Ketchum

CHARLESTON – The state Supreme Court's regional law libraries are becoming the latest victims of technology. " />

Supreme Court closing regional law libraries

Ketchum

Canterbury

CHARLESTON – The state Supreme Court's regional law libraries are becoming the latest victims of technology.

The Court is in the process of closing the libraries because of a lack of use. The library in Huntington at the Cabell County Courthouse already is closed, and one in Wheeling will close soon. The others in Parkersburg, Beckley, Clarksburg and Martinsburg will be closed in the future.

Court officials says most law case books now are available online, and most law firms have their own law libraries or used Internet-based services for case law.

"They're a victim of technology," Supreme Court Administrator Steve Canterbury told The Intelligencer in Wheeling. "Originally they were established to be a great equalizer for one-lawyer shops. ... They wouldn't be outgunned if they didn't have the materials."

Canterbury said Thursday each of the libraries costs from $110,000 to $125,000 annually to operate.

Justice Menis Ketchum said he noticed the lack of use last summer during the Court's hiatus.

A Huntington resident, Ketchum said he would go into the Cabell law library and would find it empty. He said he asked court personnel about its use, and they told him no one used it. A later study of the Huntington library found that no one used it during a three-month period.

"The law libraries open to the public are not used," Ketchum said. "I went to the Cabell law library two or three times a week last summer and checked with the court personnel, then with personnel at other libraries. Neither the public nor lawyers use them.

"The lawyers now use the internet, and the public can use Google to get what they need online."

Ketchum said the Huntington library was costing more than $100,000 a year.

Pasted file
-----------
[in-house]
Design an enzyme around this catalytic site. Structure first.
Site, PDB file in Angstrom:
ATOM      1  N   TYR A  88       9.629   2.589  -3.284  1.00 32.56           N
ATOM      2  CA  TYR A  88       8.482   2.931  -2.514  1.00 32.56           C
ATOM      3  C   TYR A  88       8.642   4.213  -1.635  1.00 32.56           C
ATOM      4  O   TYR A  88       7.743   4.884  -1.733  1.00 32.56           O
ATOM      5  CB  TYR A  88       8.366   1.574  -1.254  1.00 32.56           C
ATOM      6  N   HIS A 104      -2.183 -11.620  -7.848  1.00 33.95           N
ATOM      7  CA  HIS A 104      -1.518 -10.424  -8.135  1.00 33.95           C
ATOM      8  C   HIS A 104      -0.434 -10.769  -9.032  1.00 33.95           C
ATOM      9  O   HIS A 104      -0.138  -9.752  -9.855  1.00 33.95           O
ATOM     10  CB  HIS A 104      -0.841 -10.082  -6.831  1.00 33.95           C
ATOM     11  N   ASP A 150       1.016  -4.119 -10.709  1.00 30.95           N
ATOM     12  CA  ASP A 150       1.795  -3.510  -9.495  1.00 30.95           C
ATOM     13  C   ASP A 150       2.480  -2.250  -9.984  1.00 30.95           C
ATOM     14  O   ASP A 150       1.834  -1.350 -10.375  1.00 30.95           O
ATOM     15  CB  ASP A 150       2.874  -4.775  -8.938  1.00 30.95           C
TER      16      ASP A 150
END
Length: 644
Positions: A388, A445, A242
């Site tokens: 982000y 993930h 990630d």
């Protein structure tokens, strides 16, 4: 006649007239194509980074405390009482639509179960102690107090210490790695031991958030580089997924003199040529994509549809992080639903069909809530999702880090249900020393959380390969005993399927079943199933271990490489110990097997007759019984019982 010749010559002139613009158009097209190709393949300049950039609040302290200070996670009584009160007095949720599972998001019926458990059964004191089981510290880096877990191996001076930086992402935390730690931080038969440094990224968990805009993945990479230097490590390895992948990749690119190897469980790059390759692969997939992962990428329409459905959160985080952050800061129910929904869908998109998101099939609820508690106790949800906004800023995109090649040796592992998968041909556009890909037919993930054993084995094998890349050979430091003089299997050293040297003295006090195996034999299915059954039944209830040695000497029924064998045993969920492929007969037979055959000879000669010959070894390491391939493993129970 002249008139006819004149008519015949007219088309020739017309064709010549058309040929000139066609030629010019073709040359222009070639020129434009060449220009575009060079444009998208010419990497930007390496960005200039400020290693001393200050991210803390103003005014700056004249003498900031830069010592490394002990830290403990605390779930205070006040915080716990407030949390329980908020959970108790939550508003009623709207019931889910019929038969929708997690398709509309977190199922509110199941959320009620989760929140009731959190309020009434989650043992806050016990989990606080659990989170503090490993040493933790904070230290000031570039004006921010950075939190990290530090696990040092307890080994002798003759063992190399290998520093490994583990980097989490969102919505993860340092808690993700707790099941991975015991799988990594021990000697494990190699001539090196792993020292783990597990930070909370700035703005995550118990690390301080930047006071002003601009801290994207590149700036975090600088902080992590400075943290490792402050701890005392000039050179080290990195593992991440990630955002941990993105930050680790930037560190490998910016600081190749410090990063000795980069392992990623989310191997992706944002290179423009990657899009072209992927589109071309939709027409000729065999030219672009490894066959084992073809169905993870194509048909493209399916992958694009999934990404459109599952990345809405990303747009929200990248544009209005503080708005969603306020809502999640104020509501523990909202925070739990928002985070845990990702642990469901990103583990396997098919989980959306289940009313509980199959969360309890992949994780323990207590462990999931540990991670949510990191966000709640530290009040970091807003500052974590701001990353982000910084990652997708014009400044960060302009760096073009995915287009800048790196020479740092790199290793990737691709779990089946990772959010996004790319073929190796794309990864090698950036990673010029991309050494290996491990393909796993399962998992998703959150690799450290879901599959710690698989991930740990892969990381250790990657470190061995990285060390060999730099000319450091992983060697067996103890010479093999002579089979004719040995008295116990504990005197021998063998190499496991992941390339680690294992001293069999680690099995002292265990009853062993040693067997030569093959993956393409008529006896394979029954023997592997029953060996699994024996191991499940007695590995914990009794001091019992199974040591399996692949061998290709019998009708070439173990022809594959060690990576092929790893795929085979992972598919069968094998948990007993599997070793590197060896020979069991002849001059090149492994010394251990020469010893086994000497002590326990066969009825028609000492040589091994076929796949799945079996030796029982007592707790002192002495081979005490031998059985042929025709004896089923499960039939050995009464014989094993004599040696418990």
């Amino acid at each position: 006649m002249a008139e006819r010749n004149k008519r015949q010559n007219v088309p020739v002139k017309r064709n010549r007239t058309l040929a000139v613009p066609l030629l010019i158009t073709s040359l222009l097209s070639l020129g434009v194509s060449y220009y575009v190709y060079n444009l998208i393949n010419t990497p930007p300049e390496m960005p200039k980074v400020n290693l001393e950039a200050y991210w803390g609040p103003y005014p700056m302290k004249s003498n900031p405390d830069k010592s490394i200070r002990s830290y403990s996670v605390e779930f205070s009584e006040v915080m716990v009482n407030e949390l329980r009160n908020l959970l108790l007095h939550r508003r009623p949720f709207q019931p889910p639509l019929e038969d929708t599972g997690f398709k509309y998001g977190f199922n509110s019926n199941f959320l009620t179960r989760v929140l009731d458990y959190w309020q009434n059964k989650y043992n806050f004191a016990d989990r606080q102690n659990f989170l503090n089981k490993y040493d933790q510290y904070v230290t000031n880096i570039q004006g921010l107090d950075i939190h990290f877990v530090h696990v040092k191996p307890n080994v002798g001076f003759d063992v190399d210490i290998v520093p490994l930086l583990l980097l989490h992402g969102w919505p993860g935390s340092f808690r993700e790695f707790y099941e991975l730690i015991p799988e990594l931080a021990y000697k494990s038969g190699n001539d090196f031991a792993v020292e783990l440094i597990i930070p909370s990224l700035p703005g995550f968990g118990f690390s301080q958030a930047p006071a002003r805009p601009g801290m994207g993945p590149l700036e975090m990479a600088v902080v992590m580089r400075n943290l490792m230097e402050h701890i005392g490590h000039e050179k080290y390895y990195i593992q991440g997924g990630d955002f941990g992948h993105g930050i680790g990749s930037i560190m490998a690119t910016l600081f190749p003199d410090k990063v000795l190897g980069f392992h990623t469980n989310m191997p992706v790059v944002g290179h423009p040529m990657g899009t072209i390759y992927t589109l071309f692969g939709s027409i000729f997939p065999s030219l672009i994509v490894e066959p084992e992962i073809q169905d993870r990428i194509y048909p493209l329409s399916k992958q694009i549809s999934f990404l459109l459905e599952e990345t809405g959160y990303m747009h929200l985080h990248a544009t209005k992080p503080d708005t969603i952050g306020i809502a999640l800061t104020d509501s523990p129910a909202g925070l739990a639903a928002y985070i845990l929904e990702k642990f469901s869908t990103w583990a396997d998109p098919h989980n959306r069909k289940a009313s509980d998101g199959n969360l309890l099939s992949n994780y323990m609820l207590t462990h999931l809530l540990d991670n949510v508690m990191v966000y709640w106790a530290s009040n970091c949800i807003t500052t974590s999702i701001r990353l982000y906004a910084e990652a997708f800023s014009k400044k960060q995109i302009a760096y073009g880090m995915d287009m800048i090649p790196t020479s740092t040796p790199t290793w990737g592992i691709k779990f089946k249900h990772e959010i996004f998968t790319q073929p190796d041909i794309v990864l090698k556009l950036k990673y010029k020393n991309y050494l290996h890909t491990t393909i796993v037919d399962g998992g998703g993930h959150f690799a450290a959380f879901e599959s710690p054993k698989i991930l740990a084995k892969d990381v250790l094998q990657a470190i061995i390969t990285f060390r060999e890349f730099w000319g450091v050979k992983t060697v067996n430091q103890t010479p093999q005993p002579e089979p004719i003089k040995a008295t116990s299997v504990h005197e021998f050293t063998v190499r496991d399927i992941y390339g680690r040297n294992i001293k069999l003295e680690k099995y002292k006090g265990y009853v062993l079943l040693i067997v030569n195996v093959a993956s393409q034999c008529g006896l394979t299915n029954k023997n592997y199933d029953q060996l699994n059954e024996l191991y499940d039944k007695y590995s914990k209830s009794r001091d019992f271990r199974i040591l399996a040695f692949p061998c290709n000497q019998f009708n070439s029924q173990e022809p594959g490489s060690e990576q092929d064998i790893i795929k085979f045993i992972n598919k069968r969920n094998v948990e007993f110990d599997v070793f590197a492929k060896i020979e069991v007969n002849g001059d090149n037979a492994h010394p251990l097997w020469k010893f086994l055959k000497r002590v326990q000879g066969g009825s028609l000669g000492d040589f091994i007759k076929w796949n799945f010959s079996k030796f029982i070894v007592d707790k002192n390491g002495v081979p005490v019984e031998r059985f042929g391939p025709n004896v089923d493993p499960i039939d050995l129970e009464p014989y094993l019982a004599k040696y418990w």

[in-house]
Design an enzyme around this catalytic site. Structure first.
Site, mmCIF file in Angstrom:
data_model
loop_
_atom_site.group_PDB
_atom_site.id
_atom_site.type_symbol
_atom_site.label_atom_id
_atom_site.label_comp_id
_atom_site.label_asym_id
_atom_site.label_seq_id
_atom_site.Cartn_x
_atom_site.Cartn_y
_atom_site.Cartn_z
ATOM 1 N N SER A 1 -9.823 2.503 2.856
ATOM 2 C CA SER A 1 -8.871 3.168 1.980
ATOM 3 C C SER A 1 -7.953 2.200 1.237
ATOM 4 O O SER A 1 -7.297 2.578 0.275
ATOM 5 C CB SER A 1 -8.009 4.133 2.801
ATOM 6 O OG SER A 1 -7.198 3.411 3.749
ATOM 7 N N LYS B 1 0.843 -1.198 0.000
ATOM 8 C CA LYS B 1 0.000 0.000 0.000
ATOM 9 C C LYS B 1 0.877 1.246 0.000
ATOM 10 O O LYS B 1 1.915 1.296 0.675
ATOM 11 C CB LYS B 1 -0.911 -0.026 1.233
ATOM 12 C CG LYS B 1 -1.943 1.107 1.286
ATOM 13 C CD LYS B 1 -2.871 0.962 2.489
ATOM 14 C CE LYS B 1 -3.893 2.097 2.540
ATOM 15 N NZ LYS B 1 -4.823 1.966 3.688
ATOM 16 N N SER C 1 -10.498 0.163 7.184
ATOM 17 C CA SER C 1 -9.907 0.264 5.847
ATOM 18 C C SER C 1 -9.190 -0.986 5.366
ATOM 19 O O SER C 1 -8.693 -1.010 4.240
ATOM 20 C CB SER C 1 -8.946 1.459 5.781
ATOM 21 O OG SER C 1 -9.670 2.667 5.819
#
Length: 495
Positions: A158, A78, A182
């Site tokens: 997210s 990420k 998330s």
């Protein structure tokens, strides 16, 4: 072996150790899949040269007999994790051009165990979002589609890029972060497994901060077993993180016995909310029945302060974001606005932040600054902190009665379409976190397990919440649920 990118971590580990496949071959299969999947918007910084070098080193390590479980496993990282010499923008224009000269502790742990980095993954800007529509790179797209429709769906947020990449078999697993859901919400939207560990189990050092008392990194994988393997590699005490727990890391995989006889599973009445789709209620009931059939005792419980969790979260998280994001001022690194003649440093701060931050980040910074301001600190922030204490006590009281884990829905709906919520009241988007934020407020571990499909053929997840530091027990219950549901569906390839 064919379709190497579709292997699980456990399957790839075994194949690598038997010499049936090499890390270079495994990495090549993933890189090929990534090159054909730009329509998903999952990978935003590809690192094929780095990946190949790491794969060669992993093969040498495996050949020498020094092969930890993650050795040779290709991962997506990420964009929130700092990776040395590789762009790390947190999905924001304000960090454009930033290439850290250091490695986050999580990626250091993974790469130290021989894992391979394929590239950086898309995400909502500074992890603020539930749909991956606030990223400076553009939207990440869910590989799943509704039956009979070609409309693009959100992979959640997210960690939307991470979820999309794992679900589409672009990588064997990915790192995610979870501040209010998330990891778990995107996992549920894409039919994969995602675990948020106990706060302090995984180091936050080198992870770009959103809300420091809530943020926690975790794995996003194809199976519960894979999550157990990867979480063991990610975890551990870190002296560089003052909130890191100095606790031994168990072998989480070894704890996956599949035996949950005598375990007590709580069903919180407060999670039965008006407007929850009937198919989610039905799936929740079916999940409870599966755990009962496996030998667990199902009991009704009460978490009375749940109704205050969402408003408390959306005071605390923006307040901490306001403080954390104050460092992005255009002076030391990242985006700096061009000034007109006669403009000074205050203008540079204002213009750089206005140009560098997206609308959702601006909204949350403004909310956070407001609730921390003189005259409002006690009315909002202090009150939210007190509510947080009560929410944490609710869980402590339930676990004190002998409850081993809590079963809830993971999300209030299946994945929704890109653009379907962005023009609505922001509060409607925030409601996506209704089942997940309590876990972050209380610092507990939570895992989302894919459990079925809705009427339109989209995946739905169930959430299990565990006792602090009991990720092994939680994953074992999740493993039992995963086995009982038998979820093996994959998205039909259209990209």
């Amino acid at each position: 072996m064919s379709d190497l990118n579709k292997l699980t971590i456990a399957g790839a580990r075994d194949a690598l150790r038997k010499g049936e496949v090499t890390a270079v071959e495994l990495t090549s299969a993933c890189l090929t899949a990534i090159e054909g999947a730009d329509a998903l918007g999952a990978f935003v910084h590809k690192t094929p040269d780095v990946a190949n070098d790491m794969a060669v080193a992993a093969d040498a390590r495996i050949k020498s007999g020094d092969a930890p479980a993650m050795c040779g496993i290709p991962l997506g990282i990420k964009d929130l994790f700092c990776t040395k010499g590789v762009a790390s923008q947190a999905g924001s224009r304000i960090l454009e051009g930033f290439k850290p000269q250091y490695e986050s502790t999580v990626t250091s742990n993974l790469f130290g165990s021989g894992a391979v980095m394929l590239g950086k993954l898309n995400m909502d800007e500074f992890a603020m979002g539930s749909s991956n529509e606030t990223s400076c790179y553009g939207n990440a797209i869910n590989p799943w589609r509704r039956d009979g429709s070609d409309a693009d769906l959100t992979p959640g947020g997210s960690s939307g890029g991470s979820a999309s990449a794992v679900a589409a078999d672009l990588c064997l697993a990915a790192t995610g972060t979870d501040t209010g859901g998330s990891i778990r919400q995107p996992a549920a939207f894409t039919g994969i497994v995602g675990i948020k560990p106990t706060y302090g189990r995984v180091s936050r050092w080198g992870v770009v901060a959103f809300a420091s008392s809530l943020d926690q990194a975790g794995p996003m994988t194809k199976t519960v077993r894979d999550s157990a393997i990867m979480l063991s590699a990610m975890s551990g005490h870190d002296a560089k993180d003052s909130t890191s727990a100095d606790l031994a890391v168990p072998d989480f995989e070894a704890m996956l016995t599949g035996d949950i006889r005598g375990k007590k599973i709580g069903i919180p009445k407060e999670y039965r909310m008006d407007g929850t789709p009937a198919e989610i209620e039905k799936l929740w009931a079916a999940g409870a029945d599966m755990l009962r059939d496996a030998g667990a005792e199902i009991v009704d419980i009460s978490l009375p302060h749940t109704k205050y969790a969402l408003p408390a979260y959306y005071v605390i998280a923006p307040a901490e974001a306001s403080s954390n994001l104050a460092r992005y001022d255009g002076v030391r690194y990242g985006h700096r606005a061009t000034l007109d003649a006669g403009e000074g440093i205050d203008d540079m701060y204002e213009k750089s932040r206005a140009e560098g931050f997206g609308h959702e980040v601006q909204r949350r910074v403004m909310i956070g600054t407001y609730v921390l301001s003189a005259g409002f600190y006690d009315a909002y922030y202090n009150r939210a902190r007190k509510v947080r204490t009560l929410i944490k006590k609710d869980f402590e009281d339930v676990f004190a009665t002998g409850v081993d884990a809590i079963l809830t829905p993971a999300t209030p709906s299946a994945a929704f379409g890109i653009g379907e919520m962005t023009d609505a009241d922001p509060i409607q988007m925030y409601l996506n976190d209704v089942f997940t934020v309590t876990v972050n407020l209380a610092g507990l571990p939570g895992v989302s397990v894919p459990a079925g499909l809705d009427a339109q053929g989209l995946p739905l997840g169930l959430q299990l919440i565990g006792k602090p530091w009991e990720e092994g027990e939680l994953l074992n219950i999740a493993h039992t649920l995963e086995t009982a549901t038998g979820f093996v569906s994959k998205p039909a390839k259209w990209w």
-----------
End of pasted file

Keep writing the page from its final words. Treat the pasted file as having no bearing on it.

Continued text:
"Since January 2009 when I joined the Court, I know the Court has made great efforts to cut expenses, particularly unneeded expenses," Ketchum said. "Our Court has made dramatic cuts in our expenses. Having said that, a judge can have any set of books he or she wants in his or her office's personal library.

"Technology is changing things. We used to have court reporters who took down what people said by hand. It took months to type. Now, we have court reporters who take testimony and it's typed instantly."

Canterbury agreed.

"There may be a couple who are sad about it going away for sentimental reasons," he told The Intelligencer. "It's not an easy thing to do, but it's the right thing to do.

"Taxpayers more now than ever before want their money to be used efficiently and effectively."

Canterbury said two local colleges are interested in taking books from the Wheeling library to use in paralegal programs. Books that aren't taken will be given to the state Agency for Surplus Property to sell. Any books that aren't sold likely will be recycled, he said.

The Wheeling library has about 12,000 books. The others, Canterbury said, have about 10,000 volumes each.

"We'll make sure in each of these that it's all reviewed to make sure they don't happen to have anything we don't have in the main law library," he said. "It's not as simple as just closing the doors. We have to make sure we don't throw away things that are valuable. And we have copy machines and computers to redistribute.

"These law librarians have done a good job, it's just that the jobs are unnecessary now."

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